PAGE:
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Top Chef: Season 6 – Las Vegas


Chris Hennes
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Previous Top Chef Seasons on the eGullet Forums:

Season 1: San Francisco

Season 2: Los Angeles

Season 3: Miami Beach

Season 4: Chicago

Season 5: New York

Well, season five practically just ended and rumors are already flying about season six. Bravo hasn't announced where it's going to be held yet, but Toby Young has apparently tweeted about filming in Seattle. Las Vegas has also gained traction in the rumor mill. Considering the amount of discussion in the Season 5 topic about how little of New York was used in the show, I'm not sure it matters.

Casting has begun: Any eGullet members auditioning for the show this year?

Chris Hennes
Director of Operations
chennes@egullet.org

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Wouldn't San Francisco be fun?

“Don't kid yourself, Jimmy. If a cow ever got the chance, he'd eat you and everyone you care about!”
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While I'm always intrigued as to what city will actually be named as the host of Top Chef, I tend to agree with Chris-I'm not sure it actually matters.

While last season's show was billed as "Top Chef-New York," it actually ended up as "Top Chef-New Orleans." I don't disagree with the fact that New Orleans is a great American restaurant city-but why not leave well enough alone? If it's "Top Chef-New York," keep it there. All season.

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While I'm always intrigued as to what city will actually be named as the host of Top Chef, I tend to agree with Chris-I'm not sure it actually matters. 

While last season's show was billed as "Top Chef-New York," it actually ended up as "Top Chef-New Orleans."  I don't disagree with the fact that New Orleans is a great American restaurant city-but why not leave well enough alone?  If it's "Top Chef-New York," keep it there.  All season.

I think that they like to reward themselves, and the final chefs, with a trip. Aspen, Las Vegas, Puerto Rico, New Orleans...

However, other seasons had done a better job with incorporating the city into the challenges. Last season could've been Top Chef: TV Studio with New Orleans thrown in at the end.

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While last season's show was billed as "Top Chef-New York," it actually ended up as "Top Chef-New Orleans." I don't disagree with the fact that New Orleans is a great American restaurant city-but why not leave well enough alone? If it's "Top Chef-New York," keep it there. All season.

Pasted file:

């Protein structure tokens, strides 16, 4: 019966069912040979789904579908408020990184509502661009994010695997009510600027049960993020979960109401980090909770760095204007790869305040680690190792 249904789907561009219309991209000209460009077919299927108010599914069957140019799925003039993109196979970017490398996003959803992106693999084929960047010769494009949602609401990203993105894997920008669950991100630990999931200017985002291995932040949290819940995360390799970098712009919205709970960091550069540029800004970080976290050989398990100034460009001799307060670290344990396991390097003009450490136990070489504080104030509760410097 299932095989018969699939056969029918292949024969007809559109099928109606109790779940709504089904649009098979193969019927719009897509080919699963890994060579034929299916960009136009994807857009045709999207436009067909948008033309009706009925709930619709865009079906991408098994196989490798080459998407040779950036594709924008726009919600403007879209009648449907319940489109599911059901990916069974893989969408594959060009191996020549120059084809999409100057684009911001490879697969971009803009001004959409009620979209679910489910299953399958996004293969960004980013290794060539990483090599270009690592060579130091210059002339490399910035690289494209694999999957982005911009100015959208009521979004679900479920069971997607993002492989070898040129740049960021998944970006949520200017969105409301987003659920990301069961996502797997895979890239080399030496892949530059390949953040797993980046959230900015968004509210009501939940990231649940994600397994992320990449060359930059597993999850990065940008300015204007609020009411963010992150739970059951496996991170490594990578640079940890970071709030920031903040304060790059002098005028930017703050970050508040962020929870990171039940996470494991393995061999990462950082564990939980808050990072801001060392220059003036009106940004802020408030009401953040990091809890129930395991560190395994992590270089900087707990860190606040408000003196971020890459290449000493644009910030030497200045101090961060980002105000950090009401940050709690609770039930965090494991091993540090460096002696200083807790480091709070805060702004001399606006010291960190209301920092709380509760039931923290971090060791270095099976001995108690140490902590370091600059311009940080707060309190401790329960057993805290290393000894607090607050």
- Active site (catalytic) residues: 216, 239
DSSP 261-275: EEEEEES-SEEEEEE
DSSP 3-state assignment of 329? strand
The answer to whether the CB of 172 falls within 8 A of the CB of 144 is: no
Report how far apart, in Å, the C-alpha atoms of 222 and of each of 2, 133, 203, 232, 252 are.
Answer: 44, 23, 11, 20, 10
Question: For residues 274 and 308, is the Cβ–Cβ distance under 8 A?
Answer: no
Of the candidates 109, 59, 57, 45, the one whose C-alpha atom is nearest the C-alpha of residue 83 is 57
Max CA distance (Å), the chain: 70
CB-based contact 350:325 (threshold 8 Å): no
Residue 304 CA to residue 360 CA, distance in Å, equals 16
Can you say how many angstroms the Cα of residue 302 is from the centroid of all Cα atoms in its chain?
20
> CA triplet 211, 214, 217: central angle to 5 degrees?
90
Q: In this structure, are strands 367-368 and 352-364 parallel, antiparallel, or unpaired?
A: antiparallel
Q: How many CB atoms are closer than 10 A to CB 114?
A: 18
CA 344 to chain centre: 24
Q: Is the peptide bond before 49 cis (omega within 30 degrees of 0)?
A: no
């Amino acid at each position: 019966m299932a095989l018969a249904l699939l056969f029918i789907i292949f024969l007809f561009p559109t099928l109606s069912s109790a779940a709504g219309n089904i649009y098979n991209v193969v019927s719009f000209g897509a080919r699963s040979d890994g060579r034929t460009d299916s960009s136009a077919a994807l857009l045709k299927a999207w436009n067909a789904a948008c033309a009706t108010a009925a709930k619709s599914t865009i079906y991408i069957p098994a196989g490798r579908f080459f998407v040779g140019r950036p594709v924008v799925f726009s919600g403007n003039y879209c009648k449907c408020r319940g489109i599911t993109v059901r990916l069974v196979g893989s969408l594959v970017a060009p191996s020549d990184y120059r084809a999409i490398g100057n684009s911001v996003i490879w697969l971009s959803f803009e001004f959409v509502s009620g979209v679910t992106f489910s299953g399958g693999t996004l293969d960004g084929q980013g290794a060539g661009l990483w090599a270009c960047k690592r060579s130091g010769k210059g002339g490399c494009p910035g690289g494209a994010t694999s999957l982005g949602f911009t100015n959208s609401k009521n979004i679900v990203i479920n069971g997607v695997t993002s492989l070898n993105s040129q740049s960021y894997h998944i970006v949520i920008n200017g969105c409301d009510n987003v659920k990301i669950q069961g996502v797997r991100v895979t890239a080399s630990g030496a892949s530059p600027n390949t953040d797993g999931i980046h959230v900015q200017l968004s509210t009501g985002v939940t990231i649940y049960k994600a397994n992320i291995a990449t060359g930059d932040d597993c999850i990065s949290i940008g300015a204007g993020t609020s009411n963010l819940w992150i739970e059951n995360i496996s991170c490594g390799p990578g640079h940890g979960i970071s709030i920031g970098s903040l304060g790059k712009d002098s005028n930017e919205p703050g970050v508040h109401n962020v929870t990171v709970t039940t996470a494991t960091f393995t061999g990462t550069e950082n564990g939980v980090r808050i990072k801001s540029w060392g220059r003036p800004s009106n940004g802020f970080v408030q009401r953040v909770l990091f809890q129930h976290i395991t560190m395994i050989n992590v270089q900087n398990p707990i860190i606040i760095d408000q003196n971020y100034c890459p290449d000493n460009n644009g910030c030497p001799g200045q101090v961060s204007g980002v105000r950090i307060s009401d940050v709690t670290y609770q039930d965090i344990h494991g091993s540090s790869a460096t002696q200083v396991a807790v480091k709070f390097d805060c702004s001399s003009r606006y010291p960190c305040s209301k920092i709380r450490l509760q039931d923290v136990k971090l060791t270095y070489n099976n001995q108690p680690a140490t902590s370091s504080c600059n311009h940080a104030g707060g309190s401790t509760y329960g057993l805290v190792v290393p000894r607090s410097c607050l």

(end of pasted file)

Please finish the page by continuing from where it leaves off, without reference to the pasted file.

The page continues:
I would only point out that it is standard practice on the show to hold the finals in a different site. Top Chef Chicago ended up in Puerto Rico and I think another season ended up in Aspen.

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  • 3 weeks later...

As long as there is a Whole Foods in town, anywhere is fair game...

(still looking forward to the show, but for me a location would come more alive if they did a lot more showcasing of local ingredients and markets)

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As long as there is a Whole Foods in town, anywhere is fair game...

(still looking forward to the show, but for me a location would come more alive if they did a lot more showcasing of local ingredients and markets)

Yep, just googled "Whole Foods Las Vegas" and there are at least three locations.....so this could be a lock! Since that's only real significance to whatever city they choose.....my guess is they'll be shopping at the new location on Las Vegas Blvd.

Jerry

Kansas City, Mo.

Unsaved Loved Ones

My eG Food Blog- 2011

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On Sunday, Norm Clarke wrote in his column for the Review-Journal that filming for Top Chef Season 6 was starting this week in Las Vegas.

I don't care where they tape it as long as they get some great chefs this time around!!! :rolleyes:

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On Sunday, Norm Clarke wrote in his column for the Review-Journal that filming for Top Chef Season 6 was starting this week in Las Vegas.

I don't care where they tape it as long as they get some great chefs this time around!!! :rolleyes:

If Norm was correct in his column, and he's usually right on with things, the filming is underway in Las Vegas. I'll be there next week and I'll see what I can find out.